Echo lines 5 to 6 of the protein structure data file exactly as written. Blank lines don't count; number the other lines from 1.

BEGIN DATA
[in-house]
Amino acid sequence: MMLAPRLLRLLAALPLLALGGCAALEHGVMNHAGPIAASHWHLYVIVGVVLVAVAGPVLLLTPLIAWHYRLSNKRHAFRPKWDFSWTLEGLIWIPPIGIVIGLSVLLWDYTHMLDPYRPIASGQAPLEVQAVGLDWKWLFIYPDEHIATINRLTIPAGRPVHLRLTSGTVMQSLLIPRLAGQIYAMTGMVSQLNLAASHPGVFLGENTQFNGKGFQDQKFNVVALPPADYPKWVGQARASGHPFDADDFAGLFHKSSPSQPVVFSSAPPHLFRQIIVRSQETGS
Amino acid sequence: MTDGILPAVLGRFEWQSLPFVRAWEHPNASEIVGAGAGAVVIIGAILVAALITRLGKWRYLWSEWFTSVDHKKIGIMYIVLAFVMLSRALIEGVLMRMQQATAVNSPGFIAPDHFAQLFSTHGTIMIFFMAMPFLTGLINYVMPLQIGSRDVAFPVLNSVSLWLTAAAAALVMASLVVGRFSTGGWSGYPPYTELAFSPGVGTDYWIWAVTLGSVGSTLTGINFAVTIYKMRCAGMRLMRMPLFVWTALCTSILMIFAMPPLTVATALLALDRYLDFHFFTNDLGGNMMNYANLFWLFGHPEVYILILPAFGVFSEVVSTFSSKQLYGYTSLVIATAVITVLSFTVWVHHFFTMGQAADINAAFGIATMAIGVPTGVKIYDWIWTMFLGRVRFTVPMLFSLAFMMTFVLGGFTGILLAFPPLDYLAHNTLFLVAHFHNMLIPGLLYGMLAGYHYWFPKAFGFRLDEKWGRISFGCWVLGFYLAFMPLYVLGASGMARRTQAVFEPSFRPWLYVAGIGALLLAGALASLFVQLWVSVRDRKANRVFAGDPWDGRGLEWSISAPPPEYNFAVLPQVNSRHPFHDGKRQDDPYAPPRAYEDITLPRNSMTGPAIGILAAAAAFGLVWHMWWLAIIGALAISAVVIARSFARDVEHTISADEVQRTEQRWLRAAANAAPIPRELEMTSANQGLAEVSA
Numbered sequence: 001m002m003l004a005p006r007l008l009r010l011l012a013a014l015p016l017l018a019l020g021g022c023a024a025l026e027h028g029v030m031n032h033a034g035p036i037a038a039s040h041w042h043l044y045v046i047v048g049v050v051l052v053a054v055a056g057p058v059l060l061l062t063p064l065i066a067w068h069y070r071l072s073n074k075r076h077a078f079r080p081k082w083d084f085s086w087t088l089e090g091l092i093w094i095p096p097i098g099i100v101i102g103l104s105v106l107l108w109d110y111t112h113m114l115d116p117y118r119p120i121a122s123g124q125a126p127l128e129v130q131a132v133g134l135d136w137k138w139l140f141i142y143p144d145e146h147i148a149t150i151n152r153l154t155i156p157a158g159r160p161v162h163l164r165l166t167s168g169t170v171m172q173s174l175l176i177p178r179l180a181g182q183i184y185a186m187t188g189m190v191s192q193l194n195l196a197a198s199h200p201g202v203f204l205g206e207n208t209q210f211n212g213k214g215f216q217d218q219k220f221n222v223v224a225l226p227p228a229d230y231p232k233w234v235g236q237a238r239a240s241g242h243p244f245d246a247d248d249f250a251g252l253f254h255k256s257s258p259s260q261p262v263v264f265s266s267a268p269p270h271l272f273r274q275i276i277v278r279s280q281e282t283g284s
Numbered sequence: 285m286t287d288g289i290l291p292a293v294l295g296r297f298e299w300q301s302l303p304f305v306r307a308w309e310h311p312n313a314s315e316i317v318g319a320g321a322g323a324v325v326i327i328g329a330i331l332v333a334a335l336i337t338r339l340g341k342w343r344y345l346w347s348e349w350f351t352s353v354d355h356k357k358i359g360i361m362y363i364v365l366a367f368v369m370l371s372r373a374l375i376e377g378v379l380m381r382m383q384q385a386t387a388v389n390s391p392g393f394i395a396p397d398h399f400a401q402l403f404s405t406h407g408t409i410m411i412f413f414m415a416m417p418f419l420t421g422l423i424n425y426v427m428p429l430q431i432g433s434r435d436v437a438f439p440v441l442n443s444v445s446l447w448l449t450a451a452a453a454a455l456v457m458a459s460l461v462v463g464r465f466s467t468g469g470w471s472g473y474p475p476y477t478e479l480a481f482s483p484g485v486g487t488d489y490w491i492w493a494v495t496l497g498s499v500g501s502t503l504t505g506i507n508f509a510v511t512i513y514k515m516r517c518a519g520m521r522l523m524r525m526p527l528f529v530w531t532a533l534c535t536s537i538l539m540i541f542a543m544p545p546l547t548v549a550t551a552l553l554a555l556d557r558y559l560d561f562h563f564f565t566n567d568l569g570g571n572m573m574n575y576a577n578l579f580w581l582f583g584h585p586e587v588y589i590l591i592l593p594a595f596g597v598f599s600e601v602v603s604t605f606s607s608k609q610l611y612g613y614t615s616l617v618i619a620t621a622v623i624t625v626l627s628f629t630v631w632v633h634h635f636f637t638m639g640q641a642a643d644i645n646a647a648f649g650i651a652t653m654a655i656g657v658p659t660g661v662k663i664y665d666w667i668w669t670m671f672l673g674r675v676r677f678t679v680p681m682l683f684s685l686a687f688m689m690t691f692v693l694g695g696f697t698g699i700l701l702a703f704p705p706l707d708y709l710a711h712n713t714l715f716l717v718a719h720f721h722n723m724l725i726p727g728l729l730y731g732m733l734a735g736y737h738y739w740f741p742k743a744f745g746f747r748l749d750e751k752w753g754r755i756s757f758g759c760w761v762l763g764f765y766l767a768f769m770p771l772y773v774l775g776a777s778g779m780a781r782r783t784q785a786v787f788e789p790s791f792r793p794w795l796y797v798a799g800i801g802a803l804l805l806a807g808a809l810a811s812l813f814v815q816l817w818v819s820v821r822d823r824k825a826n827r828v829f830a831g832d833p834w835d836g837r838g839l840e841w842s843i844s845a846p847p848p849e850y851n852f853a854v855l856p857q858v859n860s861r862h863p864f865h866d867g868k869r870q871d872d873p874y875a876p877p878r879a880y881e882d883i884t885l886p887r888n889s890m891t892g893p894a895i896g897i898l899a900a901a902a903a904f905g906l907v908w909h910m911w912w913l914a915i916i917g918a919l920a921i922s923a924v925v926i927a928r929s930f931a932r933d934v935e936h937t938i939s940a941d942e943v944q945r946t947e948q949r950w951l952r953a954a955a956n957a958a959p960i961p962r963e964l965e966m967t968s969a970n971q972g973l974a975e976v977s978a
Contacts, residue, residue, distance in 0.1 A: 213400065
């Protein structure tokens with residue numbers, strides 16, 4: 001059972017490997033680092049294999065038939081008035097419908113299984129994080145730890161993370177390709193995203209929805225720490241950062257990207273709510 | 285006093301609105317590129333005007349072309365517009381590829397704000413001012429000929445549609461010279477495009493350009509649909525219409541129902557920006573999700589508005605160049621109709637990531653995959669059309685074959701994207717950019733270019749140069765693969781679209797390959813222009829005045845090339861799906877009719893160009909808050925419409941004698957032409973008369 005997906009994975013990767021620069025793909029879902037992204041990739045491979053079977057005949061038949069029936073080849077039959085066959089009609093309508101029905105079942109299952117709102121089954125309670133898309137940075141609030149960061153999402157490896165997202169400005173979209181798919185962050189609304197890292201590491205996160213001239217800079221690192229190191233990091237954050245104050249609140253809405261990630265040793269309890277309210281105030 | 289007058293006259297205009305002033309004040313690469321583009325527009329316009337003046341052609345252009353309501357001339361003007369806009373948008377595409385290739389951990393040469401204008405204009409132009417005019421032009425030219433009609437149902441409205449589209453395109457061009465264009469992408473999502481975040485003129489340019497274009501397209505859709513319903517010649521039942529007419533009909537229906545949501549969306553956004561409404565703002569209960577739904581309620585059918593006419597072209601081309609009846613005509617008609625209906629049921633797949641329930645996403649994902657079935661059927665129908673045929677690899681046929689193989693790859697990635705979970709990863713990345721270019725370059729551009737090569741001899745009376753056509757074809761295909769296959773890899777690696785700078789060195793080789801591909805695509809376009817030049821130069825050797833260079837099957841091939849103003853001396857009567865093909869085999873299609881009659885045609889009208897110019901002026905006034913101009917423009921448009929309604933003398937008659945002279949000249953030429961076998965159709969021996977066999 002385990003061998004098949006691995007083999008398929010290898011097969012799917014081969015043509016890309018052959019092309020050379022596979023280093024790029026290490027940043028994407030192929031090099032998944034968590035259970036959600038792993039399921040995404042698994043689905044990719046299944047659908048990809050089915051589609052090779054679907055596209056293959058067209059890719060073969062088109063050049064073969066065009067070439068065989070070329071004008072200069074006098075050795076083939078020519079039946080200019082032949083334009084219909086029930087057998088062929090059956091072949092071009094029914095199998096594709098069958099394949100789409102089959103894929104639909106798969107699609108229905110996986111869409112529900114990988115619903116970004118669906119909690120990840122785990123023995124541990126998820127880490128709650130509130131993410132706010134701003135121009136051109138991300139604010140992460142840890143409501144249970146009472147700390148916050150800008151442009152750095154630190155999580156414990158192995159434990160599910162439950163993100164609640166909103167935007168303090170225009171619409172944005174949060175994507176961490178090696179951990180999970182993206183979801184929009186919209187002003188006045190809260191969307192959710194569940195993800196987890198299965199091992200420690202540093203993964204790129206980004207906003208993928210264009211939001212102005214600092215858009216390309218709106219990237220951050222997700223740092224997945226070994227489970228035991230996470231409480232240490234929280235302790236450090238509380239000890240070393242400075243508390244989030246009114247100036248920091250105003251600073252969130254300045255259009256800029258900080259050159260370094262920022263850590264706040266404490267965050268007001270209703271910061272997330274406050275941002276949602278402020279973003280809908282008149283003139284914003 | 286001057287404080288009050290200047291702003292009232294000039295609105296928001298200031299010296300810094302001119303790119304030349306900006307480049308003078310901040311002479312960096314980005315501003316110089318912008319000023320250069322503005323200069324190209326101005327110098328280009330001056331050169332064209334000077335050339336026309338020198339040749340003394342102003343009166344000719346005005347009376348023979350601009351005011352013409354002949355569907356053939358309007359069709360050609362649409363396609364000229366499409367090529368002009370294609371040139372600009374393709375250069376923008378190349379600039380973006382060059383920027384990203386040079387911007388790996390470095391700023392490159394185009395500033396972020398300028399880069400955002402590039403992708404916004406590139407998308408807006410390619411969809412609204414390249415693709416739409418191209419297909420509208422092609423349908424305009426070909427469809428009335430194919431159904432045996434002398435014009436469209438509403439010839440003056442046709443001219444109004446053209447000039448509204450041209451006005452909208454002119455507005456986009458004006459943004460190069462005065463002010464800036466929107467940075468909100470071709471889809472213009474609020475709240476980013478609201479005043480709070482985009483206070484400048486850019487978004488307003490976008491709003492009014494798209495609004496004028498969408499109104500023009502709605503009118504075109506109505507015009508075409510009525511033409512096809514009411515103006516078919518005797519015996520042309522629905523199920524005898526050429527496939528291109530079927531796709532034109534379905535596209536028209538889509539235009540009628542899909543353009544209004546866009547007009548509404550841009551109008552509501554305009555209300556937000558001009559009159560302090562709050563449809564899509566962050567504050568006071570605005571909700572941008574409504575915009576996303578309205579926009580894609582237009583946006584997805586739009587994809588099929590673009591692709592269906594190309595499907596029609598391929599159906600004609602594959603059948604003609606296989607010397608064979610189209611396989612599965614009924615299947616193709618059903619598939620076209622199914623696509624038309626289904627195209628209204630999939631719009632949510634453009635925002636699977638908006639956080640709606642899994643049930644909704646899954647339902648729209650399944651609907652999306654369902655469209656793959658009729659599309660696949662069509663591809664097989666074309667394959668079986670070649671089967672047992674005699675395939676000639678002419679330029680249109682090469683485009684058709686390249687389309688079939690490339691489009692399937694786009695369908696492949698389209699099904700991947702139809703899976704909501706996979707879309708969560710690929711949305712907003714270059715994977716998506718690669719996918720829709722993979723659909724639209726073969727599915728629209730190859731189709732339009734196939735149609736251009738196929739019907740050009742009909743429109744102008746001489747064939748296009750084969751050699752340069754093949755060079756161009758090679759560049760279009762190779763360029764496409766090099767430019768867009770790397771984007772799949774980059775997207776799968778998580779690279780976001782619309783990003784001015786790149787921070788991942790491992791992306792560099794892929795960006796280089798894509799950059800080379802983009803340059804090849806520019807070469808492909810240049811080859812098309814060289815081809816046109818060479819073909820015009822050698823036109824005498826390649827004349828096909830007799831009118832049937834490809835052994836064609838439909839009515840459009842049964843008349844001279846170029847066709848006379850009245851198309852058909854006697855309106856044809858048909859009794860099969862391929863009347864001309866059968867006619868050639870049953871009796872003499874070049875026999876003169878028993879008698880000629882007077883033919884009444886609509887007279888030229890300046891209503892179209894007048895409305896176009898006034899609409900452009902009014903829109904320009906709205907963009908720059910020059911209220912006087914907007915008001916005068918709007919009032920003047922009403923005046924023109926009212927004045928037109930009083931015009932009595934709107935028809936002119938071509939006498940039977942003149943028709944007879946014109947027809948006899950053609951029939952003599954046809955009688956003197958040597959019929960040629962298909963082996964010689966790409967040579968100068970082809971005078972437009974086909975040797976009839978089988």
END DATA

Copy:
Numbered sequence: 285m286t287d288g289i290l291p292a293v294l295g296r297f298e299w300q301s302l303p304f305v306r307a308w309e310h311p312n313a314s315e316i317v318g319a320g321a322g323a324v325v326i327i328g329a330i331l332v333a334a335l336i337t338r339l340g341k342w343r344y345l346w347s348e349w350f351t352s353v354d355h356k357k358i359g360i361m362y363i364v365l366a367f368v369m370l371s372r373a374l375i376e377g378v379l380m381r382m383q384q385a386t387a388v389n390s391p392g393f394i395a396p397d398h399f400a401q402l403f404s405t406h407g408t409i410m411i412f413f414m415a416m417p418f419l420t421g422l423i424n425y426v427m428p429l430q431i432g433s434r435d436v437a438f439p440v441l442n443s444v445s446l447w448l449t450a451a452a453a454a455l456v457m458a459s460l461v462v463g464r465f466s467t468g469g470w471s472g473y474p475p476y477t478e479l480a481f482s483p484g485v486g487t488d489y490w491i492w493a494v495t496l497g498s499v500g501s502t503l504t505g506i507n508f509a510v511t512i513y514k515m516r517c518a519g520m521r522l523m524r525m526p527l528f529v530w531t532a533l534c535t536s537i538l539m540i541f542a543m544p545p546l547t548v549a550t551a552l553l554a555l556d557r558y559l560d561f562h563f564f565t566n567d568l569g570g571n572m573m574n575y576a577n578l579f580w581l582f583g584h585p586e587v588y589i590l591i592l593p594a595f596g597v598f599s600e601v602v603s604t605f606s607s608k609q610l611y612g613y614t615s616l617v618i619a620t621a622v623i624t625v626l627s628f629t630v631w632v633h634h635f636f637t638m639g640q641a642a643d644i645n646a647a648f649g650i651a652t653m654a655i656g657v658p659t660g661v662k663i664y665d666w667i668w669t670m671f672l673g674r675v676r677f678t679v680p681m682l683f684s685l686a687f688m689m690t691f692v693l694g695g696f697t698g699i700l701l702a703f704p705p706l707d708y709l710a711h712n713t714l715f716l717v718a719h720f721h722n723m724l725i726p727g728l729l730y731g732m733l734a735g736y737h738y739w740f741p742k743a744f745g746f747r748l749d750e751k752w753g754r755i756s757f758g759c760w761v762l763g764f765y766l767a768f769m770p771l772y773v774l775g776a777s778g779m780a781r782r783t784q785a786v787f788e789p790s791f792r793p794w795l796y797v798a799g800i801g802a803l804l805l806a807g808a809l810a811s812l813f814v815q816l817w818v819s820v821r822d823r824k825a826n827r828v829f830a831g832d833p834w835d836g837r838g839l840e841w842s843i844s845a846p847p848p849e850y851n852f853a854v855l856p857q858v859n860s861r862h863p864f865h866d867g868k869r870q871d872d873p874y875a876p877p878r879a880y881e882d883i884t885l886p887r888n889s890m891t892g893p894a895i896g897i898l899a900a901a902a903a904f905g906l907v908w909h910m911w912w913l914a915i916i917g918a919l920a921i922s923a924v925v926i927a928r929s930f931a932r933d934v935e936h937t938i939s940a941d942e943v944q945r946t947e948q949r950w951l952r953a954a955a956n957a958a959p960i961p962r963e964l965e966m967t968s969a970n971q972g973l974a975e976v977s978a
Contacts, residue, residue, distance in 0.1 A: 213400065